Long lines and confusion as Venezuela begins Covid-19 vaccination

Senior citizens and health workers wait to receive their first dose of Russia's Sputnik V vaccine against Covid-19, outside the hotel Alba Caracas, which was turned into a mass vaccination centre, in Caracas, Venezuela May 31, 2021. ― Reuters pic
Senior citizens and health workers wait to receive their first dose of Russia's Sputnik V vaccine against Covid-19, outside the hotel Alba Caracas, which was turned into a mass vaccination centre, in Caracas, Venezuela May 31, 2021. ― Reuters pic

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CARACAS, June 1 ― Hundreds of senior citizens and health workers stood in long lines yesterday to get vaccinated against the coronavirus as part of Venezuela's inoculation campaign, which has been held up by payment problems and political disputes.

The government of President Nicolas Maduro for months said it was unable to pay for vaccines due to US sanctions, but last month announced it had come up with the funds to enter the global COVAX programme.

The campaign that officially began over the weekend is using vaccines provided by Russia and China. Reuters data shows that only 1.1 per cent of the population has received at least one vaccine shot so far.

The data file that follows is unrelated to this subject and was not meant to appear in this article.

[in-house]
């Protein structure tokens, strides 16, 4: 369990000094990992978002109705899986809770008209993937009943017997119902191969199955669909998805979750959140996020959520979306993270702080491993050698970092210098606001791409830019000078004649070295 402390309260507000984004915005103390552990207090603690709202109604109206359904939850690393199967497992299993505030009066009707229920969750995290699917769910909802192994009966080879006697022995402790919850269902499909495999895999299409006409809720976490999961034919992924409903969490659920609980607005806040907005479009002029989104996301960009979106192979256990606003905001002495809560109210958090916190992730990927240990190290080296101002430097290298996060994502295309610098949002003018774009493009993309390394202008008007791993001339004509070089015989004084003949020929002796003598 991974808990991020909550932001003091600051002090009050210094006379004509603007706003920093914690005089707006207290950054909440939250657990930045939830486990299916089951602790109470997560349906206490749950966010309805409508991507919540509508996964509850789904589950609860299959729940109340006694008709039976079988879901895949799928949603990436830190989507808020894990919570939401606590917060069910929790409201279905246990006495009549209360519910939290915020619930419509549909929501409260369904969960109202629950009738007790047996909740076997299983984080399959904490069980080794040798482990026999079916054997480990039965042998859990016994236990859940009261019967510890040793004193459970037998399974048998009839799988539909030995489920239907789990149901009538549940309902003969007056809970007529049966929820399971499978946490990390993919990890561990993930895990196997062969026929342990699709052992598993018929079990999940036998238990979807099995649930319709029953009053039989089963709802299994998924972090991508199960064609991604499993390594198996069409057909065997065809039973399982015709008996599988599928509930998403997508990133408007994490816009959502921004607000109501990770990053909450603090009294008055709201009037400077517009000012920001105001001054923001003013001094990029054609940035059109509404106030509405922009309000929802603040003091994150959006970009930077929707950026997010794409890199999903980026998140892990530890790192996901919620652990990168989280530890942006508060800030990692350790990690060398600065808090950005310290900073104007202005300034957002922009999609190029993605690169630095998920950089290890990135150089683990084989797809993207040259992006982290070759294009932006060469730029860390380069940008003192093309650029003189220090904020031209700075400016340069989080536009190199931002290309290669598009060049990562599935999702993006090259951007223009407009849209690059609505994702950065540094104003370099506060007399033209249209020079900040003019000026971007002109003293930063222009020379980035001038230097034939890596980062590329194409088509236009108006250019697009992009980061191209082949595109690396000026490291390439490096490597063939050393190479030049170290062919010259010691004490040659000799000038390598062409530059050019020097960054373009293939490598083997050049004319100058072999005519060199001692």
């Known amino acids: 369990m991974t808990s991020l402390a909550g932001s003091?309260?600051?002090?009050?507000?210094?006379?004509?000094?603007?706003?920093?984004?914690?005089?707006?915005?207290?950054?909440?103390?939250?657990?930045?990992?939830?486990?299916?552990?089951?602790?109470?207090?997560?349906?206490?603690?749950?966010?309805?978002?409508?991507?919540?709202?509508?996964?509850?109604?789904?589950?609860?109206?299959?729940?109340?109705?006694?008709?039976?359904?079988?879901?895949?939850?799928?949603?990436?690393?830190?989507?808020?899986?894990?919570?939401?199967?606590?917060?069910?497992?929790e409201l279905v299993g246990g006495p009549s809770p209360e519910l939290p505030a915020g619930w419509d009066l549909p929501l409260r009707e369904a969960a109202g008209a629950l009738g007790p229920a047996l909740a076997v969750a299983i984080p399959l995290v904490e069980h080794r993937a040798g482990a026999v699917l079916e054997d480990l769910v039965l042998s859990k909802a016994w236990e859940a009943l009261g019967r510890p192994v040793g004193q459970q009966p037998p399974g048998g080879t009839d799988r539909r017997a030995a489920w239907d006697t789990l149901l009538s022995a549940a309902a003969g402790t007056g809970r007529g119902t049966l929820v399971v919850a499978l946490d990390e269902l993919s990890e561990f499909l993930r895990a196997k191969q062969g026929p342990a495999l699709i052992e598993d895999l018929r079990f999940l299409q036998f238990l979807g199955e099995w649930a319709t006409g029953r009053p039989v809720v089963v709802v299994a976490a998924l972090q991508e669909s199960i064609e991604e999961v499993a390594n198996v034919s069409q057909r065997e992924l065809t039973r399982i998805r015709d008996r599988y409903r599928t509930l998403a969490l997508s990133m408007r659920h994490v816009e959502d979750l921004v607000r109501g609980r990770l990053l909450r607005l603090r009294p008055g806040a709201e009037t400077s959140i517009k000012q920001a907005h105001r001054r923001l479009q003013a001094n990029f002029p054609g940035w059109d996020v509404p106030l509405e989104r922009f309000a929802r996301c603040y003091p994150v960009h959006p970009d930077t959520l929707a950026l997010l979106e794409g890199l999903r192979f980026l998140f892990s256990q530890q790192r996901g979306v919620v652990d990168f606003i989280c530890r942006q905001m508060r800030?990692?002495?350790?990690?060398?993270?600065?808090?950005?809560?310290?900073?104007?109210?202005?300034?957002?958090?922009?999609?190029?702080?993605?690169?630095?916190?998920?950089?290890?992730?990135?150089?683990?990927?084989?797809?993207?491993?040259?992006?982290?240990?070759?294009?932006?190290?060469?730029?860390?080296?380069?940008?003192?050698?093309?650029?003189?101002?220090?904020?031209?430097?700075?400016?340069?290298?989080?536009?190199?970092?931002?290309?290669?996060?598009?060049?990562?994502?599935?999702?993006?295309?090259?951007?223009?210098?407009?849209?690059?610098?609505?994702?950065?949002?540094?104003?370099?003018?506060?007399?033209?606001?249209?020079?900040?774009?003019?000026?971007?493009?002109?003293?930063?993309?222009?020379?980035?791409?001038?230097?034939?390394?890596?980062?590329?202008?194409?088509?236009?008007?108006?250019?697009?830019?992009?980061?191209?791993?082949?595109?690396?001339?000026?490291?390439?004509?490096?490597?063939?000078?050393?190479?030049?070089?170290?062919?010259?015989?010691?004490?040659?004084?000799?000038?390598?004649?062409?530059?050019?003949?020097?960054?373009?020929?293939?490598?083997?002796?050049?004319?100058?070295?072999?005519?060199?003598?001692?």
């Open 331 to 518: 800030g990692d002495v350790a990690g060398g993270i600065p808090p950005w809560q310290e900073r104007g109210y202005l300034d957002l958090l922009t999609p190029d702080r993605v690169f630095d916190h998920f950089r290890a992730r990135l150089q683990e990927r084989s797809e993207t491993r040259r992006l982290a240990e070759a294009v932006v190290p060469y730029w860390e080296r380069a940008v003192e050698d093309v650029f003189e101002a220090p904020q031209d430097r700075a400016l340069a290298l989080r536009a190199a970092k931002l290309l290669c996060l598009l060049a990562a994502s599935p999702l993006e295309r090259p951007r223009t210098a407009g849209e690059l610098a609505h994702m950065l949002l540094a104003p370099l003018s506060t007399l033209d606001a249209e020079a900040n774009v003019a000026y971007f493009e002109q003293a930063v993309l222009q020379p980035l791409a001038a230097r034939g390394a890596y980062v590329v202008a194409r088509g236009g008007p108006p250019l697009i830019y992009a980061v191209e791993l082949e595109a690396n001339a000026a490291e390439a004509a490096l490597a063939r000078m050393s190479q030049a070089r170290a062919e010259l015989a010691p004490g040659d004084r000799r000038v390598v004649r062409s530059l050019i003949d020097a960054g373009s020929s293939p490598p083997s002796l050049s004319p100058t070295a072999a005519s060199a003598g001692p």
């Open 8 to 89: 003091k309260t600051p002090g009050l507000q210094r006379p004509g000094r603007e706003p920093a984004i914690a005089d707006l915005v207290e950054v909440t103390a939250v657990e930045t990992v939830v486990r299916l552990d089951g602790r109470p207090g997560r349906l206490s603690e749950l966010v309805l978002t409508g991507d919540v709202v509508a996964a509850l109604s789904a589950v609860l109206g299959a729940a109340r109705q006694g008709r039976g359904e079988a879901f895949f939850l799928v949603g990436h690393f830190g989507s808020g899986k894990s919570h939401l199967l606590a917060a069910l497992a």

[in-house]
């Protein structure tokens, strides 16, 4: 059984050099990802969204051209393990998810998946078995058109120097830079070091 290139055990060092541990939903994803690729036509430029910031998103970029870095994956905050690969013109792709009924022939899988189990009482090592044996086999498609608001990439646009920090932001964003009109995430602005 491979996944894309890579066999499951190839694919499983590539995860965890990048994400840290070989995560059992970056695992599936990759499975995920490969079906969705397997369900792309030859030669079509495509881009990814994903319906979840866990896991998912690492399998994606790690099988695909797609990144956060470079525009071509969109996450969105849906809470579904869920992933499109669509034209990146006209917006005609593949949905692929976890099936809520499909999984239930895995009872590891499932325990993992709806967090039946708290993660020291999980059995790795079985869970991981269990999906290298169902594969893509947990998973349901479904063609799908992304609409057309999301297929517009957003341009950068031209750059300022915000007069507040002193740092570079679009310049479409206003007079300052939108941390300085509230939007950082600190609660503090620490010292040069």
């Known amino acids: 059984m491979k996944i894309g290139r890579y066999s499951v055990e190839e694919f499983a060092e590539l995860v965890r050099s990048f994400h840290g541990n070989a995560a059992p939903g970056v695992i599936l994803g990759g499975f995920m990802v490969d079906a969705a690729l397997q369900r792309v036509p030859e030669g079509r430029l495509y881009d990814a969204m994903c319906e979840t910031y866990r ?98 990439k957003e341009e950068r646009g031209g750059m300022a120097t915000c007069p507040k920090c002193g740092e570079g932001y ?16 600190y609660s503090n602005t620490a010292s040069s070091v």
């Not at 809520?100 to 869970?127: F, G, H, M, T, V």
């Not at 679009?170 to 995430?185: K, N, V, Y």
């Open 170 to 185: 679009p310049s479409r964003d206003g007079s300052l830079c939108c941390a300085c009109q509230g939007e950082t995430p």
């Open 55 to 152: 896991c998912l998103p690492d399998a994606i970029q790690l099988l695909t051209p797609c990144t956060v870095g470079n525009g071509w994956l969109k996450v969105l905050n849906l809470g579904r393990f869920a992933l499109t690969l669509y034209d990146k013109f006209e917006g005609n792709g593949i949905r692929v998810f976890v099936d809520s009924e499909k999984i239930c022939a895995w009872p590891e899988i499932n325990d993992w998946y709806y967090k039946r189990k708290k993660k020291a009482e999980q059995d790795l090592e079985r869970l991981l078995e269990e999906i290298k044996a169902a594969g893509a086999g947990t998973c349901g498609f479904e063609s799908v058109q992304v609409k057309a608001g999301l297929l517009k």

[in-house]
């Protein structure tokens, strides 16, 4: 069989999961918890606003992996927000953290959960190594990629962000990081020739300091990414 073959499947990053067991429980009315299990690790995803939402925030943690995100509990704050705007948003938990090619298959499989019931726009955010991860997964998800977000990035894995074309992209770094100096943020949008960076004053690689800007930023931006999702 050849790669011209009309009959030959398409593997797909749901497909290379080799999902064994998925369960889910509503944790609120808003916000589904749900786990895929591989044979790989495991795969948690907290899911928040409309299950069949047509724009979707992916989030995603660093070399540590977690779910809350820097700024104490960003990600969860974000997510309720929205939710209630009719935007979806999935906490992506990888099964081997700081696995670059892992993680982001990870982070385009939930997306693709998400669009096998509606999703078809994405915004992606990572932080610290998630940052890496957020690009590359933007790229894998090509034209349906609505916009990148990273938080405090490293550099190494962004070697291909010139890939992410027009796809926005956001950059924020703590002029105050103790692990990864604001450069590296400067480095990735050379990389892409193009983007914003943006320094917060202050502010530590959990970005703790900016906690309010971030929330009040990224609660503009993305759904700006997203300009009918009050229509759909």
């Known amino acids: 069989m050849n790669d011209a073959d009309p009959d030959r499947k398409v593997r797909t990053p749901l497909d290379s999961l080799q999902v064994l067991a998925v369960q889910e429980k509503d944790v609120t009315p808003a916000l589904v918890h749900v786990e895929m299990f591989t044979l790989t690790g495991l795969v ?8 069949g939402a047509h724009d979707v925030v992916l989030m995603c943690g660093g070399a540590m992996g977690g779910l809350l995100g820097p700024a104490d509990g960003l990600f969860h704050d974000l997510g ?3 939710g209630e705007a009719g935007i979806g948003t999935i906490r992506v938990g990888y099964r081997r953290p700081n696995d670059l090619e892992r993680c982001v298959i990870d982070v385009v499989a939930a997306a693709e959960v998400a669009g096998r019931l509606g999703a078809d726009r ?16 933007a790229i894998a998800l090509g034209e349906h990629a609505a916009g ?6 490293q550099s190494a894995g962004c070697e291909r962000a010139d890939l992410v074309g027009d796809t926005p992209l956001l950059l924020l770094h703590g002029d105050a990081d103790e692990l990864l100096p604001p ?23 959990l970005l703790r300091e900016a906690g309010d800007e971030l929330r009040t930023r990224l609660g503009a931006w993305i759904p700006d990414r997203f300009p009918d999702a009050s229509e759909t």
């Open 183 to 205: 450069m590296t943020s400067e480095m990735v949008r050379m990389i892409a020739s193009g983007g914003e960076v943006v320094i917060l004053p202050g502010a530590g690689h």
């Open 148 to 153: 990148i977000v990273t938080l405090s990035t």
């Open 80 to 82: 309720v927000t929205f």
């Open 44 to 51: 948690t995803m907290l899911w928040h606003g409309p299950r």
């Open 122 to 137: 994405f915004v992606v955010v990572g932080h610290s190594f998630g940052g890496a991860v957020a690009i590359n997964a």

“A little more information is required. We get very confused, which is to be expected due to impatience,” said Luis Gonzalez, 90, a retiree, after receiving his first dose of the Russian Sputnik V vaccine on Monday at the government-owned Hotel Alba in Caracas.

Around 20 cubicles were arranged in a spacious room on the ground floor of the hotel where health authorities expect to administer the first dose to 1,000 people by the end of yesterday, said Dr. Rhode Longa, the site coordinator.

Two blocks from the hotel, Coromoto Teran, a 47-year-old homemaker, stood in line after learning about the effort via neighbours. But upon reaching the hotel, she was told she did not have the “right to vaccination” because she was neither a health worker nor a senior citizen, the two current target populations.

The Health Ministry has not offered details on the total number of people it has vaccinated. The Information Ministry did not immediately reply to a request for comment.

Some officials have said vaccines will be provided to those holding the “Fatherland Card,” a government identification system which some say is used to discriminate against government critics. But others said they were able to get vaccinated without it. ― Reuters

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